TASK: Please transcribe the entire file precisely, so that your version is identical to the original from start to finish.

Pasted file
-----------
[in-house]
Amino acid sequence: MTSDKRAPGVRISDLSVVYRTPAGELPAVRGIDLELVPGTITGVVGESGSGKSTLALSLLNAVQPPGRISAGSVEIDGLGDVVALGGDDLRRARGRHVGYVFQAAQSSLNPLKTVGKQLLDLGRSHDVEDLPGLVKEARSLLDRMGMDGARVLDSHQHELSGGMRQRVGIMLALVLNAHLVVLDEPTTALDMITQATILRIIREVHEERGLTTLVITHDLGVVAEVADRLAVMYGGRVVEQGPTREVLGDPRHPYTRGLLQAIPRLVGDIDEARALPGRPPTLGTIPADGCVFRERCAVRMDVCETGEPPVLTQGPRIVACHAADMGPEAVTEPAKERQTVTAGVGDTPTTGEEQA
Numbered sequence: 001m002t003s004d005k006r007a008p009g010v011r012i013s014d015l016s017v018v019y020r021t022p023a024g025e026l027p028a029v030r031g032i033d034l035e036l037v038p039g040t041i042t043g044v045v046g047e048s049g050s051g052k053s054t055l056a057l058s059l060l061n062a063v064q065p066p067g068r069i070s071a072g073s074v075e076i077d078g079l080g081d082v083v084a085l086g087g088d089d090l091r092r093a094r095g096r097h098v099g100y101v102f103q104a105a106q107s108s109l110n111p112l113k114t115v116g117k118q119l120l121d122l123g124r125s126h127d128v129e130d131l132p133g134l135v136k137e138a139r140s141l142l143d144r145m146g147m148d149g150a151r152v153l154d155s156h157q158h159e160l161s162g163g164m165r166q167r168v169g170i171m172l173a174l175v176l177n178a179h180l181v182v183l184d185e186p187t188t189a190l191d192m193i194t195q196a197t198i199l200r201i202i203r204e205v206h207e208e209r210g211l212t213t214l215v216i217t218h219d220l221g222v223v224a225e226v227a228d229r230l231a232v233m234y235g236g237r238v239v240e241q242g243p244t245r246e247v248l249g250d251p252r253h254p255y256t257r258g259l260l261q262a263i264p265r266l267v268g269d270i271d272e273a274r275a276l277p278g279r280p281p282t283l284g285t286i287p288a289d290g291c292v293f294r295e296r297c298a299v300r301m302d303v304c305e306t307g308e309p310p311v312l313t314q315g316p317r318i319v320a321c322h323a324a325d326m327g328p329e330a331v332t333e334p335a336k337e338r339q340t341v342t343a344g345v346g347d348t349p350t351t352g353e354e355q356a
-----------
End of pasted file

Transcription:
[in-house]
Amino acid sequence: MTSDKRAPGVRISDLSVVYRTPAGELPAVRGIDLELVPGTITGVVGESGSGKSTLALSLLNAVQPPGRISAGSVEIDGLGDVVALGGDDLRRARGRHVGYVFQAAQSSLNPLKTVGKQLLDLGRSHDVEDLPGLVKEARSLLDRMGMDGARVLDSHQHELSGGMRQRVGIMLALVLNAHLVVLDEPTTALDMITQATILRIIREVHEERGLTTLVITHDLGVVAEVADRLAVMYGGRVVEQGPTREVLGDPRHPYTRGLLQAIPRLVGDIDEARALPGRPPTLGTIPADGCVFRERCAVRMDVCETGEPPVLTQGPRIVACHAADMGPEAVTEPAKERQTVTAGVGDTPTTGEEQA
Numbered sequence: 001m002t003s004d005k006r007a008p009g010v011r012i013s014d015l016s017v018v019y020r021t022p023a024g025e026l027p028a029v030r031g032i033d034l035e036l037v038p039g040t041i042t043g044v045v046g047e048s049g050s051g052k053s054t055l056a057l058s059l060l061n062a063v064q065p066p067g068r069i070s071a072g073s074v075e076i077d078g079l080g081d082v083v084a085l086g087g088d089d090l091r092r093a094r095g096r097h098v099g100y101v102f103q104a105a106q107s108s109l110n111p112l113k114t115v116g117k118q119l120l121d122l123g124r125s126h127d128v129e130d131l132p133g134l135v136k137e138a139r140s141l142l143d144r145m146g147m148d149g150a151r152v153l154d155s156h157q158h159e160l161s162g163g164m165r166q167r168v169g170i171m172l173a174l175v176l177n178a179h180l181v182v183l184d185e186p187t188t189a190l191d192m193i194t195q196a197t198i199l200r201i202i203r204e205v206h207e208e209r210g211l212t213t214l215v216i217t218h219d220l221g222v223v224a225e226v227a228d229r230l231a232v233m234y235g236g237r238v239v240e241q242g243p244t245r246e247v248l249g250d251p252r253h254p255y256t257r258g259l260l261q262a263i264p265r266l267v268g269d270i271d272e273a274r275a276l277p278g279r280p281p282t283l284g285t286i287p288a289d290g291c292v293f294r295e296r297c298a299v300r301m302d303v304c305e306t307g308e309p310p311v312l313t314q315g316p317r318i319v320a321c322h323a324a325d326m327g328p329e330a331v332t333e334p335a336k337e338r339q340t341v342t343a344g345v346g347d348t349p350t351t352g353e354e355q356a